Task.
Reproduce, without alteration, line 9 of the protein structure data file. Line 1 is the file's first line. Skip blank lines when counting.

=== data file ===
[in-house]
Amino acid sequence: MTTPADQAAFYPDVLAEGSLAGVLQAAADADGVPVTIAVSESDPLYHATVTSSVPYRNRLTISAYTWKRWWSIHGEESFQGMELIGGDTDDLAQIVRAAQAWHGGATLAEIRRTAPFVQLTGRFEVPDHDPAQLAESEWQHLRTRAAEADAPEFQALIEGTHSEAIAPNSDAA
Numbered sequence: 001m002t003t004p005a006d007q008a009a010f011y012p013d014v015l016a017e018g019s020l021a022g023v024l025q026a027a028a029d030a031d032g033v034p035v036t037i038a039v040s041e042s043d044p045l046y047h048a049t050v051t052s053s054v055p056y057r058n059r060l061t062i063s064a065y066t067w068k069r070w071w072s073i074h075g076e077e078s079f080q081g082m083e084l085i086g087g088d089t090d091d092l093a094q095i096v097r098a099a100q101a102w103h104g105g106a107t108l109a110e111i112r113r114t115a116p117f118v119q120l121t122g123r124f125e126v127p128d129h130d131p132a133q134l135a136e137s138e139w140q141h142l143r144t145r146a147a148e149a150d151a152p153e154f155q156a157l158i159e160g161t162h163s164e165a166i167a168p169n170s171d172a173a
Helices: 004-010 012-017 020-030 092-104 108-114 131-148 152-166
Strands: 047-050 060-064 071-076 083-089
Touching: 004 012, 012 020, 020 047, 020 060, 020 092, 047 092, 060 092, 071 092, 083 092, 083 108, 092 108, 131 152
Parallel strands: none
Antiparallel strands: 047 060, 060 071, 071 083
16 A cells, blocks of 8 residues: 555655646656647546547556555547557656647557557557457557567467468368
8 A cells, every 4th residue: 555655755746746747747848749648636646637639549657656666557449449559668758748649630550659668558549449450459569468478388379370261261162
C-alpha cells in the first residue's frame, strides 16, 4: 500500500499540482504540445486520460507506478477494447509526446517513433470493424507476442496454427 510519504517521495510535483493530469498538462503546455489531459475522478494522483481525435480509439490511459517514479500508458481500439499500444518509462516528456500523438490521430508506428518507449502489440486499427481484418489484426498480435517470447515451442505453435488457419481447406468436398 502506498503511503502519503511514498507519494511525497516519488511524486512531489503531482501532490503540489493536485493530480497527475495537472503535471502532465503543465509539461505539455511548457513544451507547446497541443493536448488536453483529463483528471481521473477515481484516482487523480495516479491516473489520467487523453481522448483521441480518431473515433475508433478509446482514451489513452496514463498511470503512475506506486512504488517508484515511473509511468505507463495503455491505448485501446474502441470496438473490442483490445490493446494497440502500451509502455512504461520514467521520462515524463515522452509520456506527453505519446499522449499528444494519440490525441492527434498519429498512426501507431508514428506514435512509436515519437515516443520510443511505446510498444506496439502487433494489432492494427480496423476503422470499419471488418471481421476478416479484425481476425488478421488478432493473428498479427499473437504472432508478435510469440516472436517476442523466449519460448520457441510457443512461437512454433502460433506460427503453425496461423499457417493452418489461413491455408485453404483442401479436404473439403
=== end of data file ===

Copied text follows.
16 A cells, blocks of 8 residues: 555655646656647546547556555547557656647557557557457557567467468368